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Group Dental/Vision

Aside from protecting your smile, dental care ensures good oral and overall health. Several studies suggest that oral diseases, such as periodontitis (gum disease), can affect other areas of your body—including your heart. Understanding and choosing dental coverage will help protect you and your family from the high cost of dental disease and surgery.

What Is Dental Coverage?

Dental coverage is similar to regular medical insurance and is one of the voluntary benefit options commonly offered through employers. When you have dental insurance, you pay a premium and then your insurance will cover part or all of the cost for many dental services.

How Has Health Care Reform Affected Dental Coverage?

Under the Affordable Care Act (ACA), dental services are an essential health benefit for children under the age of 19, although individual states can choose to extend the age limit beyond this baseline. Declaring pediatric dental care an essential health benefit means that, beginning in 2014, all non-grandfathered medical health plans must offer dental benefits for children unless certified stand-alone coverage is available. Non-medically necessary orthodontia is not included in the essential health benefits definition.

The essential health benefit status for dental coverage does not apply to adults. In addition, unlike medical insurance, you do not have to obtain dental coverage to avoid penalties.



Vision Insurance

Driving to work, reading a news article and watching television are likely activities you perform every day. Your ability to do all of these, however, depends on your vision and eye health. Routine eye exams will help maintain your vision as well as detect various eye problems and concerns about your overall health. Obtaining vision insurance is a way to make sure you can continue enjoying good health as well as the sights around you.

What Is Vision Insurance?

Vision coverage is similar to regular medical insurance and is one of the voluntary benefit options commonly offered through employers.  Vision insurance generally provides coverage for basic care and eyewear. Most vision plans will cover the following services:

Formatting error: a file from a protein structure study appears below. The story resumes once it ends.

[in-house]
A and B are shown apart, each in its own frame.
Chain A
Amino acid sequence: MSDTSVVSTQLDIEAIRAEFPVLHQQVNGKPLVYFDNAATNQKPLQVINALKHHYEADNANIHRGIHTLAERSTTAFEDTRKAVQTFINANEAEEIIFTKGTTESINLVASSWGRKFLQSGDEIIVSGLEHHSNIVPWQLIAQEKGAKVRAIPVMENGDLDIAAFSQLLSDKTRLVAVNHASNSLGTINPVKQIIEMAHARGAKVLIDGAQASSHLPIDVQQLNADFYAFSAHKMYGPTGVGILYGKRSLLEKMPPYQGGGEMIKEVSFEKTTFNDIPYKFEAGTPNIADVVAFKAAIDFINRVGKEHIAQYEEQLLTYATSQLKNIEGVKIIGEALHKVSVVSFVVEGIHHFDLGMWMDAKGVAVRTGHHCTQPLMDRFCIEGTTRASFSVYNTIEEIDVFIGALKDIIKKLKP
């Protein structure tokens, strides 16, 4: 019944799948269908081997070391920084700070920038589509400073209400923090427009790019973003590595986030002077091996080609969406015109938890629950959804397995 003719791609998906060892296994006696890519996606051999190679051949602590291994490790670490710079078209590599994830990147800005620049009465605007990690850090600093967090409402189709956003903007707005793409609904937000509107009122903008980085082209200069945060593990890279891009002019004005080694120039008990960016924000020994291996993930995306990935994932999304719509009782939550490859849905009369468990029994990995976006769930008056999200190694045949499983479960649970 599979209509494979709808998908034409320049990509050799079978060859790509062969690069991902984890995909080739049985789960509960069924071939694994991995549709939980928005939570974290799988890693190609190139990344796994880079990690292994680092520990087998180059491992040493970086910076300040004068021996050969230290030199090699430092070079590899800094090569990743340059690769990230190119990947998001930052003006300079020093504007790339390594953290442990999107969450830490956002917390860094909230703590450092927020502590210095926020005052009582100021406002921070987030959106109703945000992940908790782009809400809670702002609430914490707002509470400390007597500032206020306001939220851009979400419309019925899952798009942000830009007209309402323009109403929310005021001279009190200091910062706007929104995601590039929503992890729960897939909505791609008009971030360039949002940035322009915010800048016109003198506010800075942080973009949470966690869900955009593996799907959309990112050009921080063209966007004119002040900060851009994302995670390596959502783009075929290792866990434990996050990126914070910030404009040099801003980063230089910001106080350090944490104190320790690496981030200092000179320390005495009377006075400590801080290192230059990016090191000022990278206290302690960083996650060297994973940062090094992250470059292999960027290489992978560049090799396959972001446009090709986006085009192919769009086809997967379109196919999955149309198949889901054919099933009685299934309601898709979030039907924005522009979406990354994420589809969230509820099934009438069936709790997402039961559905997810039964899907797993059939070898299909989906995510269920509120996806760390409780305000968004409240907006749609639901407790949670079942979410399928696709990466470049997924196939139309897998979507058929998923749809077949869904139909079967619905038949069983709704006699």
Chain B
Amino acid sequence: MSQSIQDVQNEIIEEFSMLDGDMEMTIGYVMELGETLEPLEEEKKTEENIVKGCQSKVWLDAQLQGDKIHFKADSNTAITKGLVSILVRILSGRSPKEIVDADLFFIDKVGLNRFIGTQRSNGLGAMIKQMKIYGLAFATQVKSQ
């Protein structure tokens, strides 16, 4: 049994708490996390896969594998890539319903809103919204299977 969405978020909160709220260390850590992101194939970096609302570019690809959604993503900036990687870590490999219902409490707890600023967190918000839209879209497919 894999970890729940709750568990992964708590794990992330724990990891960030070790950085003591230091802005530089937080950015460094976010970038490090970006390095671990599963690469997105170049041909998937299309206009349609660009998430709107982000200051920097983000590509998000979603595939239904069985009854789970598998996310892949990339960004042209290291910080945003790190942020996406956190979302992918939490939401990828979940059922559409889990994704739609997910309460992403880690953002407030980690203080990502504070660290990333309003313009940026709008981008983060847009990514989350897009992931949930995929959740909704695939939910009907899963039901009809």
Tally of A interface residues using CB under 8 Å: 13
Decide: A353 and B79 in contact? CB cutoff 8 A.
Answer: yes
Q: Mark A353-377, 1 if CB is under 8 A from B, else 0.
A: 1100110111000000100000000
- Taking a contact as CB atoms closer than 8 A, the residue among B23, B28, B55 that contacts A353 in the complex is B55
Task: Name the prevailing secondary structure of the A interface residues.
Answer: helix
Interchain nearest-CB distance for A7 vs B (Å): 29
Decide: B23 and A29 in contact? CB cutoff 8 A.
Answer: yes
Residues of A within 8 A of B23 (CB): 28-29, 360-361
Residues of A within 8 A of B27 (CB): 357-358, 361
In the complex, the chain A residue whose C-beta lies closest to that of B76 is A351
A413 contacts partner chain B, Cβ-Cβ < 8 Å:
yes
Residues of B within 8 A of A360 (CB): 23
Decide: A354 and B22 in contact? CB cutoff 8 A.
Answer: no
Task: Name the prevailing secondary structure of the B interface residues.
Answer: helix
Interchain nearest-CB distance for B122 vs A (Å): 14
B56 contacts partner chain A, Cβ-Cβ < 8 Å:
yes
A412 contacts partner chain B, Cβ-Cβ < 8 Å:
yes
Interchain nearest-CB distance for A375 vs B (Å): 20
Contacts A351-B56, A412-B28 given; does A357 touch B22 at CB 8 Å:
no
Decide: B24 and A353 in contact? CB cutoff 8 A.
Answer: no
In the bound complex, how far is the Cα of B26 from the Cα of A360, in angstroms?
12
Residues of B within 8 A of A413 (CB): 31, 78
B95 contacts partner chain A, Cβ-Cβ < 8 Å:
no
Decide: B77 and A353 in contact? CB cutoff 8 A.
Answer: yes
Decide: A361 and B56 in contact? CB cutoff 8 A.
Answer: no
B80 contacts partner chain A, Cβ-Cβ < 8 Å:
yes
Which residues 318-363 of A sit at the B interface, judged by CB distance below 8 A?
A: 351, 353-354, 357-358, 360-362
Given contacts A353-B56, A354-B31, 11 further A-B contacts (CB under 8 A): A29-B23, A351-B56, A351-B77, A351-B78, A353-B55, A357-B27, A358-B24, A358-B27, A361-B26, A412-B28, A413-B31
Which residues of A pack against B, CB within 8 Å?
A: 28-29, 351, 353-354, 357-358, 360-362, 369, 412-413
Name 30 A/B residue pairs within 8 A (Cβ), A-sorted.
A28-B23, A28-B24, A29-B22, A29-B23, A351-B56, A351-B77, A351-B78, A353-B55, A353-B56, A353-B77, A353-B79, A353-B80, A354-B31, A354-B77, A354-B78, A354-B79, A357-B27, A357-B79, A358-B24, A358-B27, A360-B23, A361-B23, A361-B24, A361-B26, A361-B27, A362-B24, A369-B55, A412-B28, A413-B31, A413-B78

•     Annual or biannual eye exams, including dilation

•     Eyeglass frames

•     Eyeglass lenses

•     Contact lenses

How Has Health Care Reform Affected Vision Insurance?

The Affordable Care Act (ACA) does affect some vision benefit plans. If your vision coverage falls under the new ACA rules, then the vision plan will have to cover adult children up to age 26, and lifetime and annual limits on coverage will be eliminated. If the vision plan is of limited scope, then it is considered an excepted benefit and does not have to follow the new rules. Limited-scope plans include vision benefits provided under a policy separate from regular medical benefits, or vision benefits that are not an “integral part” of the group health plan.

In addition, under the ACA, pediatric vision care is considered an essential health benefit. This means that vision coverage must be available for children under the age of 19. The ACA does not consider vision care an essential health benefit for adults, so vision care is not mandatory for individuals 19 years and older. Unlike medical insurance, there will be no penalty for not purchasing vision insurance. For further information on the ACA and vision insurance, visit

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Texas Associates Insurors - Home Office
1120 Capital of Texas Hwy
Bldg 3-300
Austin, TX 78746

Ph: 800.765.4154
Ph: 512.328.7676
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